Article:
# How to use recursion to round a decimal to the nth place

I have a comp sci question that requires the following:

Write a method that takes a decimal number `x` and an integer `n`. Round `x` to `n` decimal places (for example, `0` means round to the nearest integer, `1` means round to the nearest tenth, etc.).

I don't see how this problem is even approachable using recursion, it seems too straight forward.

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So... what's your question? –  Alvin Wong May 9 '13 at 1:02
If it seems too straight forward why not do it yourself? –  chopchop May 9 '13 at 1:03
Recursion involves a repeated action. There is no repeated action in rounding off, so the problem cannot be solved using recursion. –  CodeBlue May 9 '13 at 1:08
@CodeBlue Rounding is just a mathematical function. You can implement that function with recursion. Example: nullptr's answer. I think it may be worth bringing up the inherent deficiencies with rounding a base 10 number using binary representations though. –  rliu May 9 '13 at 1:14

It seems that using recursion here is simply counter-productive.

The recursive method suggested by nullptr:

``````double round(double x, int n) {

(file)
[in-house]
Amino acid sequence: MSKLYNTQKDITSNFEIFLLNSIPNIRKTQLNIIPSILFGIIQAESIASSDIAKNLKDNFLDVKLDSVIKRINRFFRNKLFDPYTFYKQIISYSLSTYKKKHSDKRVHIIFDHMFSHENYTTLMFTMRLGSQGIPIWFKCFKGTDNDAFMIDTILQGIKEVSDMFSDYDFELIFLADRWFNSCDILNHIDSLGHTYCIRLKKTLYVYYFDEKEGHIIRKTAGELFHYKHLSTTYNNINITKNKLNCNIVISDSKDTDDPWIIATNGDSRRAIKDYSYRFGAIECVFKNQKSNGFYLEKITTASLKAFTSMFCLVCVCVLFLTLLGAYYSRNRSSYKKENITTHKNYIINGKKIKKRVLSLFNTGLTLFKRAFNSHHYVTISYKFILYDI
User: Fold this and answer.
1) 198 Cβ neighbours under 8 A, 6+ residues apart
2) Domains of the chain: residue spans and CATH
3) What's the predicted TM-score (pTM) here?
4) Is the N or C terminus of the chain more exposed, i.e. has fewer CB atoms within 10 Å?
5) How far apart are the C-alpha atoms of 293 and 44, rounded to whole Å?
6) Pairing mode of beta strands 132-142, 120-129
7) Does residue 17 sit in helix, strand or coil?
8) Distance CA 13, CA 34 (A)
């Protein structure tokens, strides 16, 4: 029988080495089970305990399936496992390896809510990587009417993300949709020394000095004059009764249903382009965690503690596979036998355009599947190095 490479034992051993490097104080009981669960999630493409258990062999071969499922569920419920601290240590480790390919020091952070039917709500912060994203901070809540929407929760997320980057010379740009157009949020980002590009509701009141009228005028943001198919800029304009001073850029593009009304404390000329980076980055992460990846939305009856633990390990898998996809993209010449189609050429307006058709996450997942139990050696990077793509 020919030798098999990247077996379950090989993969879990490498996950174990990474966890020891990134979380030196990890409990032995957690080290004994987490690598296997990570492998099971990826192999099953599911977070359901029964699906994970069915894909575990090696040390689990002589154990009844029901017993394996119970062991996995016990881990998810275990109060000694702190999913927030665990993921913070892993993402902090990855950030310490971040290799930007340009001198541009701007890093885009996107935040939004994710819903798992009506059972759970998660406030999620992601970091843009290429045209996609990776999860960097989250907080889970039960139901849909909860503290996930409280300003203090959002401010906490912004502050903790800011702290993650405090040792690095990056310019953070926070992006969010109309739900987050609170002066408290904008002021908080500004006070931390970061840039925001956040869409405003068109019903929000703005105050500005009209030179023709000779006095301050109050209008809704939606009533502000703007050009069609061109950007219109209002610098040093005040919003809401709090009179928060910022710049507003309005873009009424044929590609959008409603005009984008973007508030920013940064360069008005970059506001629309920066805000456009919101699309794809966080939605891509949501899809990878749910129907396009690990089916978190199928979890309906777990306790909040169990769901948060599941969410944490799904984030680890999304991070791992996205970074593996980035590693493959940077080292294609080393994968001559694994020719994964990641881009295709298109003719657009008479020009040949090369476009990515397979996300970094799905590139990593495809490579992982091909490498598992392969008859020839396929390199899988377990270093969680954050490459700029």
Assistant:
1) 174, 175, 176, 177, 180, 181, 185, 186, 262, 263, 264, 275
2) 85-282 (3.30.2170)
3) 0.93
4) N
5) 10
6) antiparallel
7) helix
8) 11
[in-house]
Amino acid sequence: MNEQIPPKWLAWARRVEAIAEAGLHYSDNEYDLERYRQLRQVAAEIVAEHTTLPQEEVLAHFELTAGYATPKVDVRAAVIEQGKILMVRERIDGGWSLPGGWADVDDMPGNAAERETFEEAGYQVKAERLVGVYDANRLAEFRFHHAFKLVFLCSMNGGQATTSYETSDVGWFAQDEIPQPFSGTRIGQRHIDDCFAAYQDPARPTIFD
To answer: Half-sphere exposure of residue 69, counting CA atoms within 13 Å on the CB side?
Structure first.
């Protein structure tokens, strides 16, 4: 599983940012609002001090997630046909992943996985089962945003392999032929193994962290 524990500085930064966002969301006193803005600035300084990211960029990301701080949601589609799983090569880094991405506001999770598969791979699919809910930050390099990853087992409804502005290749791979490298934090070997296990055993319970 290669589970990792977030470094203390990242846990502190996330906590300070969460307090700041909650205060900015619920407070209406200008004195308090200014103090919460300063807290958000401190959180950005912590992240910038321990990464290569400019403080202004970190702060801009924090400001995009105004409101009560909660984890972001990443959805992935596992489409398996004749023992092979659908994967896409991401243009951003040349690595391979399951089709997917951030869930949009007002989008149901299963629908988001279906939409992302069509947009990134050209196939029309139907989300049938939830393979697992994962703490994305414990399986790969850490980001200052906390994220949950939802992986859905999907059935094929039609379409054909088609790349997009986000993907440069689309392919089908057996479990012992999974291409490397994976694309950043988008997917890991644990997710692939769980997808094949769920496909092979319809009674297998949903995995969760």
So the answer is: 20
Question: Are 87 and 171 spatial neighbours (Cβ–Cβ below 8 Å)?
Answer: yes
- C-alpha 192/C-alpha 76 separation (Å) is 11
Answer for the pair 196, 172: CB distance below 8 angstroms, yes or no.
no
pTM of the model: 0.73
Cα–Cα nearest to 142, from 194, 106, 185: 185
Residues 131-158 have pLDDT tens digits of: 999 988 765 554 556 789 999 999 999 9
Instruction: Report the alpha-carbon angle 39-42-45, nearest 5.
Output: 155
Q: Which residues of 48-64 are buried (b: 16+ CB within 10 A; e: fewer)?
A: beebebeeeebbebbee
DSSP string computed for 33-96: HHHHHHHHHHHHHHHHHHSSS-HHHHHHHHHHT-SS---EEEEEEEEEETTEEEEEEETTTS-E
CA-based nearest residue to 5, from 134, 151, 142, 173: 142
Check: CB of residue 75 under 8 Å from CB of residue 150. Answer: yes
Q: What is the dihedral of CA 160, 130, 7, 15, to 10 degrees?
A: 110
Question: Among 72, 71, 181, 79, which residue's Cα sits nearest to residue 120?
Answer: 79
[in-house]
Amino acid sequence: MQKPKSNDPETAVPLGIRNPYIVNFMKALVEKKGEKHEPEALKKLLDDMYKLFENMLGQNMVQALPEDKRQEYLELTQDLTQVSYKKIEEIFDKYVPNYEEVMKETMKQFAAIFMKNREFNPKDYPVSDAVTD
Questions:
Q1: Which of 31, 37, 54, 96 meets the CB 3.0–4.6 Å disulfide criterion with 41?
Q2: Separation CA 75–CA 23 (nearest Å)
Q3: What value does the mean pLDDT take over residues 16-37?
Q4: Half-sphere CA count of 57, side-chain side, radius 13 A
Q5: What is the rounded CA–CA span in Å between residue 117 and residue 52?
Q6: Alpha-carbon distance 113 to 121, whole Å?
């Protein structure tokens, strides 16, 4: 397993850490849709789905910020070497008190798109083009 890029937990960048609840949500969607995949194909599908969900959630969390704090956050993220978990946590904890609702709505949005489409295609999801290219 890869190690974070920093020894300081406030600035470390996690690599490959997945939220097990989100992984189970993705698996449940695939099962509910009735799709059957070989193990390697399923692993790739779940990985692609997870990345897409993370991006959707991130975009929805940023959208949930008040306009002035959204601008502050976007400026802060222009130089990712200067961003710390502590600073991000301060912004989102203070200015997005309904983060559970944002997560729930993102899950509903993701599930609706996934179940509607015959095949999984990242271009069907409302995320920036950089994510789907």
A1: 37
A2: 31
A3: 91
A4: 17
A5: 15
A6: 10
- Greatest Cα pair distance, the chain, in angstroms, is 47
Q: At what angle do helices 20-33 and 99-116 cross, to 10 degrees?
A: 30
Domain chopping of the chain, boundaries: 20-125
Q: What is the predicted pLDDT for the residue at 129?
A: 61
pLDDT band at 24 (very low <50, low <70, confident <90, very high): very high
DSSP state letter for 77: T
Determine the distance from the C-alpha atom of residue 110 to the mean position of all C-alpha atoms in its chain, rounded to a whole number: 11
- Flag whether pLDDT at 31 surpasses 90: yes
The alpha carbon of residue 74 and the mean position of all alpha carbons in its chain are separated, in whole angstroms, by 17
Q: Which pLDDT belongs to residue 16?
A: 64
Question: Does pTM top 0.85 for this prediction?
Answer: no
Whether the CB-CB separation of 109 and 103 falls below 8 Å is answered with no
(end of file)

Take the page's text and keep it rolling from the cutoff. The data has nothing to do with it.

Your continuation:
if (n <= 0)
return Math.round(x);

return round(x * 10, n - 1) / 10;
}
``````

is valid, but unnecessary. Essentially, that method is the same as:

``````double round(double x, int n) {
double factor = Math.pow(10, n);
return Math.round(x * factor) / factor;
}
``````

This method would likely execute faster and would not risk a `StackOverflowError` (although that would be fairly unlikely, only with huge values of `n`).

You should use recursion for cases with a clear base case and simplification case, such as:

• traversing a tree:
• base case: no children
• simplification case: each child
• the factorial function:
• base case: `n <= 1`
• simplification case: `factorial(n-1)`

Rounding to n decimal places does not lend itself to recursion easily.

BONUS: Rounding to the nearest n th-fractional part in any base:

``````double round(double x, int n, int radix) {
return Math.round(x * factor) / factor;
}
``````
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I think you actually want to multiply and then divide as in nullptr's answer. Otherwise, `round(3.1, 1) => .31 => 0 => 0`. –  rliu May 9 '13 at 1:25
@roliu you're right, of course; fixed. –  WChargin May 9 '13 at 3:28

``````double round(double x, int n)
You'll have to adapt this a little if you can't use `Math.round()`.